Kony’s Deleted Christian Fanaticism
Joseph Kony, the brutal commander of the Lord’s Resistance Army, has been introduced to millions through a video on YouTube. But that denunciation of his war crimes skirts his claim to be motivated by Christianity, an omission not applied to violent extremists who embrace Islam, notes Mamoon Alabbasi.
By Mamoon Alabbasi
There is no doubt that the 30-minute video “Kony 2012” by the advocacy group Invisible Children has raised much awareness regarding the relatively under-reported atrocities committed by the Ugandan rebel group, the Lord’s Resistance Army (LRA).
It is also true that the video, which boasts over 80 million views on YouTube so far, has been subjected to much - I think fair - scrutiny. Criticism of the motives, accuracy and objectivity of the video’s makers has stirred a rather healthy debate on the issue, where alternative ways forward were discussed.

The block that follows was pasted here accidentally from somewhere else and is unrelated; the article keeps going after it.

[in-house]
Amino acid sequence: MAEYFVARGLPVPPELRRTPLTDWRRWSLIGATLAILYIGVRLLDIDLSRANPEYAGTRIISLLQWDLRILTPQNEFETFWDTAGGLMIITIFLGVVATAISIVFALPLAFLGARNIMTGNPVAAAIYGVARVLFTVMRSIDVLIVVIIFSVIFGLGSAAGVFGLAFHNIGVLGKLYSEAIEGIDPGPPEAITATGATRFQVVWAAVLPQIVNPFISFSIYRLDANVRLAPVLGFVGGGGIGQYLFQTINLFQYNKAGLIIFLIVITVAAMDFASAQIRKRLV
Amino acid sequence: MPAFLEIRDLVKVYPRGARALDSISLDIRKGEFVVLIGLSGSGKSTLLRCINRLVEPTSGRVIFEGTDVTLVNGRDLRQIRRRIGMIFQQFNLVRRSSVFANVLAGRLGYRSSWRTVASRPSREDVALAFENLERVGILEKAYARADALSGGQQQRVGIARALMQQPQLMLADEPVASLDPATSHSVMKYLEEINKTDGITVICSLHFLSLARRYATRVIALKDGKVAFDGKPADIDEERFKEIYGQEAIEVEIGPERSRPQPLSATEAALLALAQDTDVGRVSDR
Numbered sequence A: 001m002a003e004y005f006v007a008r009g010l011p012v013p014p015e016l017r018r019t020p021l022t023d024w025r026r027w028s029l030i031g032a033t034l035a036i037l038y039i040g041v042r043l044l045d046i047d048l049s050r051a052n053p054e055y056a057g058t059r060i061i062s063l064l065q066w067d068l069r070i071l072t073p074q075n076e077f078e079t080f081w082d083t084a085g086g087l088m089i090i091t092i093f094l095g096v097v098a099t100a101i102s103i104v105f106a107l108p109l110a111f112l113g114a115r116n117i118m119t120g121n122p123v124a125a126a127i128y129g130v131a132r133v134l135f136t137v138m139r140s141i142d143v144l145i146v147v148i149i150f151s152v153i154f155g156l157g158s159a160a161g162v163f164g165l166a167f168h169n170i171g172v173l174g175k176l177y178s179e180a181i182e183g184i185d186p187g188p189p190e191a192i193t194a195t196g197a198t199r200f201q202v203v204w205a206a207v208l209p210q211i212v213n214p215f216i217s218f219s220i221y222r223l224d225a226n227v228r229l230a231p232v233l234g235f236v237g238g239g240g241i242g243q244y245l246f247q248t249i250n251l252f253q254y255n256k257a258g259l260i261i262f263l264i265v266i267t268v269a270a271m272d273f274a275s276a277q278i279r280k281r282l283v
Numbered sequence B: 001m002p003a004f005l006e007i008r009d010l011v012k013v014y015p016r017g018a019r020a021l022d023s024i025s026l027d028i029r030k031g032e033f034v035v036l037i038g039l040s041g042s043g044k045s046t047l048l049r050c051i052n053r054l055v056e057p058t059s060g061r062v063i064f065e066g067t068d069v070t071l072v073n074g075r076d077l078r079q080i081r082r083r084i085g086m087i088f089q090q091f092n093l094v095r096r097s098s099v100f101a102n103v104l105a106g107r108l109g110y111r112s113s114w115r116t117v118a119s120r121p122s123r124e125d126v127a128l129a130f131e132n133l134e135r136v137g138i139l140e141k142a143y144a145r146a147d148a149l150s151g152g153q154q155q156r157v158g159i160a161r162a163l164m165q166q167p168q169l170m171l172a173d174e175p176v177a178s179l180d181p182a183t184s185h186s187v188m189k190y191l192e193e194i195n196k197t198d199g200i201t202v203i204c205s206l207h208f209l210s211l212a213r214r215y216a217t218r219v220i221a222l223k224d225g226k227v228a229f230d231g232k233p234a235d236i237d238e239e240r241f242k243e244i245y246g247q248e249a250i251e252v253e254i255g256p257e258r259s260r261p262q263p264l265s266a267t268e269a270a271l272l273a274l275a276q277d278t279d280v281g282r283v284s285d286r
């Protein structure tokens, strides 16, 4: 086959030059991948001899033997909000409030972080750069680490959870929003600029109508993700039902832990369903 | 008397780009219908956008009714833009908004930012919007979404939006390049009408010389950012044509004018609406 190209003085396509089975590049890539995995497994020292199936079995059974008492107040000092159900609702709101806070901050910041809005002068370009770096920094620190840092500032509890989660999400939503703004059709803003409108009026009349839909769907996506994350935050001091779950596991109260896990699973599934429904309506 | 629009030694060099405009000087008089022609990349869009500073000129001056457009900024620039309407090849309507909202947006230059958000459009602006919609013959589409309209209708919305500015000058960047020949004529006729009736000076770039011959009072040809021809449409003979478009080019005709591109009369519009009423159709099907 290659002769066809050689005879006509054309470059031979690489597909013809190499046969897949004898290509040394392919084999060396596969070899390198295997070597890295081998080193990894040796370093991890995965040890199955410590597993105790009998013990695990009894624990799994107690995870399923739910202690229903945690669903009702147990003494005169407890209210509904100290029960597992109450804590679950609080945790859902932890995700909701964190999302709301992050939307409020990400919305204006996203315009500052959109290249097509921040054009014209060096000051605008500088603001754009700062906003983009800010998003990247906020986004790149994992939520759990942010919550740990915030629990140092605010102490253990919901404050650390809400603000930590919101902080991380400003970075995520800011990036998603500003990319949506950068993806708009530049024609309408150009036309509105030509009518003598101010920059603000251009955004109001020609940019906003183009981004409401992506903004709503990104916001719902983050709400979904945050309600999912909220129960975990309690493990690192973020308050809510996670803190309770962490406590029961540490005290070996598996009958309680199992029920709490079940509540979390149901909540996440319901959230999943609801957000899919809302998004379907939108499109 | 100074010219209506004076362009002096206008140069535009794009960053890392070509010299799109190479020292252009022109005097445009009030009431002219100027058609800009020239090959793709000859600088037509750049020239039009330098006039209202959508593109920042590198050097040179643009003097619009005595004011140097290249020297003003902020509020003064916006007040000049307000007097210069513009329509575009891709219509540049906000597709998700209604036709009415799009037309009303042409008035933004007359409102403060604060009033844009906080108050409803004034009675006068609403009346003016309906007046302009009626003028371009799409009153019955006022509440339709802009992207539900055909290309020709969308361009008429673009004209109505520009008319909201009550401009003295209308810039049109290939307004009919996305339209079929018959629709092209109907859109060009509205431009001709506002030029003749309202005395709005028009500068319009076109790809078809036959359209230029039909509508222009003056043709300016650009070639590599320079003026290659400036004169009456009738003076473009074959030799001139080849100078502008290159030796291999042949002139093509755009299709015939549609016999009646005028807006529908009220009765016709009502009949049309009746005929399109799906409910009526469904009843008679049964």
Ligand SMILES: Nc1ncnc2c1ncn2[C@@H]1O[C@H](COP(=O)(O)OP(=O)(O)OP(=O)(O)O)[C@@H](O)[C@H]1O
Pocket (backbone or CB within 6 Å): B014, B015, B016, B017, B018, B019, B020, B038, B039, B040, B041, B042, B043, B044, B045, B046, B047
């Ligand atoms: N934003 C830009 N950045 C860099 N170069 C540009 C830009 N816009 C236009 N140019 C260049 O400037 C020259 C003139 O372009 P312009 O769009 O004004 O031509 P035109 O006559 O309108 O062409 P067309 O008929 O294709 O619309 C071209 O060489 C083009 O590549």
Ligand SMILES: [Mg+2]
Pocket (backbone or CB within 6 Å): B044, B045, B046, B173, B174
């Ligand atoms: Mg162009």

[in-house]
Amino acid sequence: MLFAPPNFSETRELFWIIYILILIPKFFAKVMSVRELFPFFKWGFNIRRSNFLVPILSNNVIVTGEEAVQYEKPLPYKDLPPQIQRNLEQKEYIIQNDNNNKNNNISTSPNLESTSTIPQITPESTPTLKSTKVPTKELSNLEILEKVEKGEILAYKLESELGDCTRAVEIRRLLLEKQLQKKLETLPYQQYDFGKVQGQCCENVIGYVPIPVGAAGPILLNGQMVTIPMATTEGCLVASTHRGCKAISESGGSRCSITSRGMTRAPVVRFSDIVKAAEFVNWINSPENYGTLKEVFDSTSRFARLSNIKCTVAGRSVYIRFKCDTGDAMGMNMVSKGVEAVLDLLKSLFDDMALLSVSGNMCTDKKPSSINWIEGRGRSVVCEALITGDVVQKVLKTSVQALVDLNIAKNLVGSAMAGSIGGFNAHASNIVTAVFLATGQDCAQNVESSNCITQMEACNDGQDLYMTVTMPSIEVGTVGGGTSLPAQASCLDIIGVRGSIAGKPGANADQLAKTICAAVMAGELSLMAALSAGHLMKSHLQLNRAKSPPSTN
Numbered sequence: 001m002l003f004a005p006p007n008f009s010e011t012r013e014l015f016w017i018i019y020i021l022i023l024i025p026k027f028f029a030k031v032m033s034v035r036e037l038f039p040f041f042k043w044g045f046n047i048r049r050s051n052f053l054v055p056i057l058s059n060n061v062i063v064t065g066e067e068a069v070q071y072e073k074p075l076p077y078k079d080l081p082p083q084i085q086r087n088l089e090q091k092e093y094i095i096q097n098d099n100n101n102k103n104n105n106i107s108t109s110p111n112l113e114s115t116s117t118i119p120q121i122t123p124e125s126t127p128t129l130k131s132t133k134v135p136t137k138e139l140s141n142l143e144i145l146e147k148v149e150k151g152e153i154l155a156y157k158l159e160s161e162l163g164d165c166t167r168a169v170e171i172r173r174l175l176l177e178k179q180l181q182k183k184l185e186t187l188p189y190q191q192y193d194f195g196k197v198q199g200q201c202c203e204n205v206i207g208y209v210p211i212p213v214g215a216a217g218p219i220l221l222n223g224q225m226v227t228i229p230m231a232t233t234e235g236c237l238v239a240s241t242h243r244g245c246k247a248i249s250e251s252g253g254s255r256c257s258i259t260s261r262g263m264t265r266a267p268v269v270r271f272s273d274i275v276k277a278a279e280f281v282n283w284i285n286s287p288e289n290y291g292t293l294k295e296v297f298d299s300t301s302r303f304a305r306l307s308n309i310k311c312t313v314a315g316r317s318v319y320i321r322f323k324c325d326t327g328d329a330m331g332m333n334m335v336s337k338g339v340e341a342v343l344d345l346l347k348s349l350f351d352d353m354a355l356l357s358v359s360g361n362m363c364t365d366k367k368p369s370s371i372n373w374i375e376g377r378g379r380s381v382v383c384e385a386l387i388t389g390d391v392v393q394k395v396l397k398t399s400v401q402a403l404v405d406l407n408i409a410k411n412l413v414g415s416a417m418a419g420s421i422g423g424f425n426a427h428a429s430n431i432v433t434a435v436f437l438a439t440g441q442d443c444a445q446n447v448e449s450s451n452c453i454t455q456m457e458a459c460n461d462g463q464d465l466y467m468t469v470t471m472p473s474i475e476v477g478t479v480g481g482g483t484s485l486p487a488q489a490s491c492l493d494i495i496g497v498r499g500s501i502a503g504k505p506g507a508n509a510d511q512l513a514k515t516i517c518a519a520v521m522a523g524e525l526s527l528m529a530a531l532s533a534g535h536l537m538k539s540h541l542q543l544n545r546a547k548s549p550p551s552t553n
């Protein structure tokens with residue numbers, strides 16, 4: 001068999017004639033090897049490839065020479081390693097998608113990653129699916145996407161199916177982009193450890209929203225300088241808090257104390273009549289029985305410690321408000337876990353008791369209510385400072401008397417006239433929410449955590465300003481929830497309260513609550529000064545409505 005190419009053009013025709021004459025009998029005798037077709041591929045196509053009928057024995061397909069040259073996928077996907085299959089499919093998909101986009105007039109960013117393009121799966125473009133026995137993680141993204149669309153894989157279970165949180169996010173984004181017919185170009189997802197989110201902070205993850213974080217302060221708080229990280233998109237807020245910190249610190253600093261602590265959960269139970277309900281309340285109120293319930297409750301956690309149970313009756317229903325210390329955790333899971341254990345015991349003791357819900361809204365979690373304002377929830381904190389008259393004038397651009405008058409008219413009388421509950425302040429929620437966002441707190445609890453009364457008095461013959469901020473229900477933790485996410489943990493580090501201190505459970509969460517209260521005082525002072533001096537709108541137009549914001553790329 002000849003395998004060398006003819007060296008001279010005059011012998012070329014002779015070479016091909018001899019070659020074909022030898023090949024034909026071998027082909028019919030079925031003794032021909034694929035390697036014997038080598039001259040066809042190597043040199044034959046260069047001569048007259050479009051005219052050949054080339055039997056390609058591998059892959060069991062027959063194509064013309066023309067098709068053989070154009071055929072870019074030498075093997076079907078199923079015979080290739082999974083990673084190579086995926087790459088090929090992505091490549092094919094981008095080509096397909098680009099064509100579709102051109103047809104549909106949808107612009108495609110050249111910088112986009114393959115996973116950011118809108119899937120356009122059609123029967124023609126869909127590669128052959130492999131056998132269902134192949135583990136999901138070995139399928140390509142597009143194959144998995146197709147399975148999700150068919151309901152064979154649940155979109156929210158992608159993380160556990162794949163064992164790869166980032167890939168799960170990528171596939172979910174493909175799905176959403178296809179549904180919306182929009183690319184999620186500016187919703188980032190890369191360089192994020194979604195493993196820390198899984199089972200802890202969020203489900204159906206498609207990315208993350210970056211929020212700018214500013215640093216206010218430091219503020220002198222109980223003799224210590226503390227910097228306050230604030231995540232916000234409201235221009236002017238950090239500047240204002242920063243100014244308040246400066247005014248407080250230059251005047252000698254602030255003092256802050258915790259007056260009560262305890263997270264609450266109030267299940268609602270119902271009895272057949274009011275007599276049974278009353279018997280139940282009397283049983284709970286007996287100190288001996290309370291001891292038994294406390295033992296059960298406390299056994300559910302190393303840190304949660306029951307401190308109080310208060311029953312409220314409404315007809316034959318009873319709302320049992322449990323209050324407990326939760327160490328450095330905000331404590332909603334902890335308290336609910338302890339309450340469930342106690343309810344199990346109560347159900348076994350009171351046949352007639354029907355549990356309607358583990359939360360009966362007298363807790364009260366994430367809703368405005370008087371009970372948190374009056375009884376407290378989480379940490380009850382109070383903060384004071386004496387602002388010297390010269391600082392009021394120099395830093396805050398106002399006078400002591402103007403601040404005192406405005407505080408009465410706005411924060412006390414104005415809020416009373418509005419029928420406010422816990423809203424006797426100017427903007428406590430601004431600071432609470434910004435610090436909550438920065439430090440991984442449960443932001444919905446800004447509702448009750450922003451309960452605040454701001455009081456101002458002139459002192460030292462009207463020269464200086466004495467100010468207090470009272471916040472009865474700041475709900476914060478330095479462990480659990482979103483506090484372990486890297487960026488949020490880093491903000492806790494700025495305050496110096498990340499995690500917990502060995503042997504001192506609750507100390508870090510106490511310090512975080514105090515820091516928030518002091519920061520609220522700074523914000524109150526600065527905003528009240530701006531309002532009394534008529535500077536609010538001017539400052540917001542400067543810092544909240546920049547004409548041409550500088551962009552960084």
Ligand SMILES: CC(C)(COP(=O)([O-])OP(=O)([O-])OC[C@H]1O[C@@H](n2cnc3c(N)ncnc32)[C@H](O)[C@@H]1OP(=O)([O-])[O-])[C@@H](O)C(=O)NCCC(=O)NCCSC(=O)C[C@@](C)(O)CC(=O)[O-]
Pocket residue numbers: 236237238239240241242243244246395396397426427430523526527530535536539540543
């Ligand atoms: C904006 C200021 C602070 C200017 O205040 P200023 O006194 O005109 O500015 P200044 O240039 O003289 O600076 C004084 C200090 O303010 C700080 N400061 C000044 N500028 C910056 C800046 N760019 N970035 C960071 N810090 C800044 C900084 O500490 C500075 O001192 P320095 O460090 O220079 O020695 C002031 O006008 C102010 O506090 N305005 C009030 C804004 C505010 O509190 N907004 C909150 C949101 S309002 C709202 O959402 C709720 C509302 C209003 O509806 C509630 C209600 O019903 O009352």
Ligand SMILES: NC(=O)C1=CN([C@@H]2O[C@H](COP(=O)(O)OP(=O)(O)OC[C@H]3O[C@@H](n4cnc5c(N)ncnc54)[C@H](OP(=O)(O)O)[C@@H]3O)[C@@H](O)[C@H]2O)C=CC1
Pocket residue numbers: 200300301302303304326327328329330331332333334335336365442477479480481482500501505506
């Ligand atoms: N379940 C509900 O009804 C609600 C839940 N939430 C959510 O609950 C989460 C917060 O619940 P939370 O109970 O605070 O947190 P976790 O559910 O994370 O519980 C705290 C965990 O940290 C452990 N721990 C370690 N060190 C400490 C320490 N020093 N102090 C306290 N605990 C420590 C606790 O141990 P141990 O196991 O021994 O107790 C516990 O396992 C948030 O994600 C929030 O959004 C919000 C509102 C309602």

Graphic for the group, Invisible Children
However, I could not help but wonder how Invisible Children - whose founders are reported to have evangelical leanings - would have fashioned their video had the LRA been a Muslim extremist group (instead of being a Christian one, whose former name was the “Uganda Christian Democratic Army”).
I am not suggesting here that the group’s professed Christian beliefs are behind their abduction and enslavement of more than 30,000 children over the period of 25 years, where some of the boys become child soldiers, forced or brainwashed into murdering their own parents, and many of the girls end up as sex slaves after being captured.
The LRA fighters would chop off the arms, legs or ears of their victims. Sometimes they would padlock their lips. As a result of their terrorising violence, hundreds of thousands of people have been displaced.
The group does - bizarrely - claim to be fighting for the establishment of the rule of the Ten Commandments in a theocratic Uganda (although they have been active in three other African countries: South Sudan, the Democratic Republic of Congo and Central African Republic).